On Receiving Holy Communion and the other Sacraments
In the context of the new religion, which the New Mass and the New Sacraments express, everyone is expected and encouraged to receive Communion, no matter what. This may have been your experience at the diocesan churches.
Our practice here, however, is different. Catholic law and tradition emphasize the seriousness and the sanctity of the act of receiving the Holy Eucharist. While you are most welcome to assist at Mass with us whenever you wish, we trust that you will respect our requirements for Holy Communion.
- Non-Catholics are not permitted to receive Holy Communion.
- Others must speak with Father first, before going to Confession or to Holy Communion. Should you be a Catholic who is assisting at the traditional Mass for the first time(or for the first time in a long time), we ask that you do not come forward for Communion until you decide to assist at the traditional Latin Mass exclusively and to refrain from ever attending the New Mass of Pope Paul VI, even for funerals and weddings. This is a major decision to make and a difficult one for some. But since the New Mass and the New Sacraments do represent a new religion, this decision should absolutely precede your reception of Holy Communion here.
Our Dress Code
Since the changes in the Church, none of the Vatican II parishes these days enforce or even have a dress code. Here, however, we still believe that modest and appropriate attire at Mass is a sign of respect for Our Lord in the Blessed Sacrament and of fraternal charity toward our neighbor. Therefore, please observe the following rules for clothing:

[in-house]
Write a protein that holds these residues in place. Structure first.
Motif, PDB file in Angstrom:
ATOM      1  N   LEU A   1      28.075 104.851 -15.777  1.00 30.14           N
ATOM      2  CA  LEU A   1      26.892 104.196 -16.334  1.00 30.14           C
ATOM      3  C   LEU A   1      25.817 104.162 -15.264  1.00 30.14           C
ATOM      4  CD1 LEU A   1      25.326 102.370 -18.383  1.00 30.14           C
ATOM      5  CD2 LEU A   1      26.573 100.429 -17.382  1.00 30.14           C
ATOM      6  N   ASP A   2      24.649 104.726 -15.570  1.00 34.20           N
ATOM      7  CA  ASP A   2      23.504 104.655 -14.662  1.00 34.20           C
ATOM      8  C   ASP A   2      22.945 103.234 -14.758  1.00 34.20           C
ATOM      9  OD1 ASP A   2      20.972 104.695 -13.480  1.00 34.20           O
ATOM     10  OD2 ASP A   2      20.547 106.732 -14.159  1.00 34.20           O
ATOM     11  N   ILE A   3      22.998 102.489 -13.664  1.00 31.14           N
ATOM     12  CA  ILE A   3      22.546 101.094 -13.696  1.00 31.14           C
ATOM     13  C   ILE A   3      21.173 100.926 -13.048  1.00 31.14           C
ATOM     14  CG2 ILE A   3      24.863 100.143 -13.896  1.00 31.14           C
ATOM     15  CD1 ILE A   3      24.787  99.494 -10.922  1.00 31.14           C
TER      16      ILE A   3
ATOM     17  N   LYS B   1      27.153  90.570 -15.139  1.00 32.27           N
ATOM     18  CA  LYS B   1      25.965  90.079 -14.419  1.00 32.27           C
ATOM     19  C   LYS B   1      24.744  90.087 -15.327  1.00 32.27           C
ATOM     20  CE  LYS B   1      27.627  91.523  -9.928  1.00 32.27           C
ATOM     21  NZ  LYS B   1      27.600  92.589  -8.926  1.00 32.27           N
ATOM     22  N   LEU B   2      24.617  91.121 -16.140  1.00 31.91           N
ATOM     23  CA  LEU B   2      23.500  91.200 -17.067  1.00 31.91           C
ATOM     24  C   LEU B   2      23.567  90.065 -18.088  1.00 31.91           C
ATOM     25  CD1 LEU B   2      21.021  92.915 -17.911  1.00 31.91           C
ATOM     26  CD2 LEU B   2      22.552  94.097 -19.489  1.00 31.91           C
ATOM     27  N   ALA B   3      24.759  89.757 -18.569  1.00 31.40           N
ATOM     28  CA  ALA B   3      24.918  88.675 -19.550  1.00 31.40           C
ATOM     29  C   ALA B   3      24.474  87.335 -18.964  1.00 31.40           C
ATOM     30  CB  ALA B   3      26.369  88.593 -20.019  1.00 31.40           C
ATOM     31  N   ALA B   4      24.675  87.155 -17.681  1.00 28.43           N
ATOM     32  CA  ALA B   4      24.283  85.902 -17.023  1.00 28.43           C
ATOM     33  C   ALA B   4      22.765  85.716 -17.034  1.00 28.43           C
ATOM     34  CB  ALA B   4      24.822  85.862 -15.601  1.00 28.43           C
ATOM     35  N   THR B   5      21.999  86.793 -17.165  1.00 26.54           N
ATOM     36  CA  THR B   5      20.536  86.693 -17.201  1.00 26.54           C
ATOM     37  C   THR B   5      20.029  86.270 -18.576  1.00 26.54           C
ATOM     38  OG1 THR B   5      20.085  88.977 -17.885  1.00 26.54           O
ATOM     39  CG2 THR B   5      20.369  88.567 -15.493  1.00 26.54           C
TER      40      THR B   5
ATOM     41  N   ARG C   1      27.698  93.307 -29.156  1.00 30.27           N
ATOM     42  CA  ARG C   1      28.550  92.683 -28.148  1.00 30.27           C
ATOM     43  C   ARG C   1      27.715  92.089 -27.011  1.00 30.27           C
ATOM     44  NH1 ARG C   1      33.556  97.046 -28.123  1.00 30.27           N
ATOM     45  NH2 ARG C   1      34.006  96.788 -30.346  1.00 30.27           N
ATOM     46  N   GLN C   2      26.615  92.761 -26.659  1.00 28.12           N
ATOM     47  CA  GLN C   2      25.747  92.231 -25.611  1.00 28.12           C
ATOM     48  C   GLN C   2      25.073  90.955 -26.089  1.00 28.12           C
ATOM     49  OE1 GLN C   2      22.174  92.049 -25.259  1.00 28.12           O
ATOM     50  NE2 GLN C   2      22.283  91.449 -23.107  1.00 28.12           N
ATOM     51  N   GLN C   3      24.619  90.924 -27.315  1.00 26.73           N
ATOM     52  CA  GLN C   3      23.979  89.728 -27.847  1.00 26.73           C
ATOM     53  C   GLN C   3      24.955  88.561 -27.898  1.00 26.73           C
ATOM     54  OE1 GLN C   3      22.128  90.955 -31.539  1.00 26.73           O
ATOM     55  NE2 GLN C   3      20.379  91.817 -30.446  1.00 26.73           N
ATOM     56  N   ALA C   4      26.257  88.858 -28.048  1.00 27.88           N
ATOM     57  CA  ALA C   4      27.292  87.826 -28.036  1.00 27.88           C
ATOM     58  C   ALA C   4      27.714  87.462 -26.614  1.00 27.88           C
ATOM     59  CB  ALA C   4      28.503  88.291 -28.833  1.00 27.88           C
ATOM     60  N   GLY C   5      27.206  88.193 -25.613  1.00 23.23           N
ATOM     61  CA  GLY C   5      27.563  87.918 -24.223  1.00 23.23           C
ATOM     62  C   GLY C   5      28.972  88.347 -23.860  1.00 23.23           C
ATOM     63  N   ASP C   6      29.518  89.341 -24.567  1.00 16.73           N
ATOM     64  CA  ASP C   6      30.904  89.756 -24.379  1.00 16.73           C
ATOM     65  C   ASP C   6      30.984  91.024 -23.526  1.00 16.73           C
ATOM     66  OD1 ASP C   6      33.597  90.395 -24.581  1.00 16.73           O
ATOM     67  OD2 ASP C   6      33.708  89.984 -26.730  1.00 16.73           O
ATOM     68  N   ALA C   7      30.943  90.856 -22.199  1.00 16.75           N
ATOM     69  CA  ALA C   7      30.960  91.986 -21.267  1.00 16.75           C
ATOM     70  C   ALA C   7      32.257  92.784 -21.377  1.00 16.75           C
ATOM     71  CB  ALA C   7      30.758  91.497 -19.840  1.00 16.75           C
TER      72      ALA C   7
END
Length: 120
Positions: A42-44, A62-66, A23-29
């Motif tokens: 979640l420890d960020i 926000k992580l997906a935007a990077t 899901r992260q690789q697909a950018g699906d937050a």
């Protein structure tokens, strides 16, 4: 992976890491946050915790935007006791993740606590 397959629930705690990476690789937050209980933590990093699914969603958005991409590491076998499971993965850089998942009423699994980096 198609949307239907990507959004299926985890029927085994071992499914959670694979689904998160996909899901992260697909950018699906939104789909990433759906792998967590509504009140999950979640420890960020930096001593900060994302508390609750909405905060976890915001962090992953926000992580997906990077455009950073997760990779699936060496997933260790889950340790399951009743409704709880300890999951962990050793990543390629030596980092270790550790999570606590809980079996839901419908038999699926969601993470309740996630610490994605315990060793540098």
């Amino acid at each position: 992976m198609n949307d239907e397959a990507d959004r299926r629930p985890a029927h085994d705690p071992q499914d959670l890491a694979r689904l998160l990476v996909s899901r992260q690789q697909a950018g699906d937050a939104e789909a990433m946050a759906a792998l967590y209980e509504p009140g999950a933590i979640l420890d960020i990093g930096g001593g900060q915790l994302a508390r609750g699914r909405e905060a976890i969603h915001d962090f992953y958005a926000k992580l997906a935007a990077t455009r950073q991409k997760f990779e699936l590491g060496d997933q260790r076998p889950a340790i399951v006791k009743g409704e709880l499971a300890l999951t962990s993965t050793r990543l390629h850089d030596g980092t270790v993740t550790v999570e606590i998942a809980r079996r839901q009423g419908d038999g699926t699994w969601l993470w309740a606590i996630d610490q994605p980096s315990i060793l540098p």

- Women and girls must have their heads covered. (Chapel veils or mantillas are available in the vestibule.)
- Slacks, short skirts (those which do not extend well below the knees), shorts, and sleeveless tops and dresses and revealing and tight fitting clothing are forbidden.
- Suggested dress for men: coat and tie, shirttail tucked in.
- Jeans and athletic shoes and other forms of casual dress are inappropriate for Sunday Mass and for Masses on Holy Days of Obligation. Please wear you “Sunday best” when you come here on these days.
A Respectful Silence
In many parish churches these days, it is considered acceptable to carry on conversations in church before or after Mass, or to make occasional comments to one’s neighbors during the course of the service.
Here, however, we request that you follow the custom of maintaining silence in church before, during and after Mass. It is a sign of reverence in the presence of God and demonstrates your sprite of consideration toward those who wish to pray in silence.